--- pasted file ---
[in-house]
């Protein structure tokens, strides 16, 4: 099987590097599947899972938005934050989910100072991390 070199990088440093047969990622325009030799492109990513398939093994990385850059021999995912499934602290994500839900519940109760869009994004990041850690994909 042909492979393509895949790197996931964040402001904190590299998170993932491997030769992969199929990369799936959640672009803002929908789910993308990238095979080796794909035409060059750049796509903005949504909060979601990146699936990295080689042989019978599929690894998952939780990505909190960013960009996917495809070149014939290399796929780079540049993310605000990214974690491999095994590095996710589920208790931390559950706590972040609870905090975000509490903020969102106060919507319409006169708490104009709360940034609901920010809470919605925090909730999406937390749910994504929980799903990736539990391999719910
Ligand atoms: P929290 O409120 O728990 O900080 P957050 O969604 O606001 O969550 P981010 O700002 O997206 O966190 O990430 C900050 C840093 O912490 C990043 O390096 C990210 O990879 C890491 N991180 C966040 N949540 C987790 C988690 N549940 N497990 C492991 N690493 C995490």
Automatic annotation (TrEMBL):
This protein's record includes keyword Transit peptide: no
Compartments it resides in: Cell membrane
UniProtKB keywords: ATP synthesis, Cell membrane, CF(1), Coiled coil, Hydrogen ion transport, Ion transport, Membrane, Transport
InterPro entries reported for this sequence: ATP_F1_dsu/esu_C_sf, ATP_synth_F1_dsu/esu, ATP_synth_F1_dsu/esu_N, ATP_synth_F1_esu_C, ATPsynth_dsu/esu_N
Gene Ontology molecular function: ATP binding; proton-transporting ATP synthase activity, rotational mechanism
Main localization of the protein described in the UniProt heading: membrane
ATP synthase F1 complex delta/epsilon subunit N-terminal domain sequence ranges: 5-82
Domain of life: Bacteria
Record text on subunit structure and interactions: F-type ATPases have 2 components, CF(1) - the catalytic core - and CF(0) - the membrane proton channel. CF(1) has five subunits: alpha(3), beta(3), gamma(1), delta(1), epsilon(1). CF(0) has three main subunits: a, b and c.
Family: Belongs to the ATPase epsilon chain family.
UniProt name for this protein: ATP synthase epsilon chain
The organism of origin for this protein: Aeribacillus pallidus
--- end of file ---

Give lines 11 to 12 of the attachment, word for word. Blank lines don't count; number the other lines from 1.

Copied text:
ATP synthase F1 complex delta/epsilon subunit N-terminal domain sequence ranges: 5-82
Domain of life: Bacteria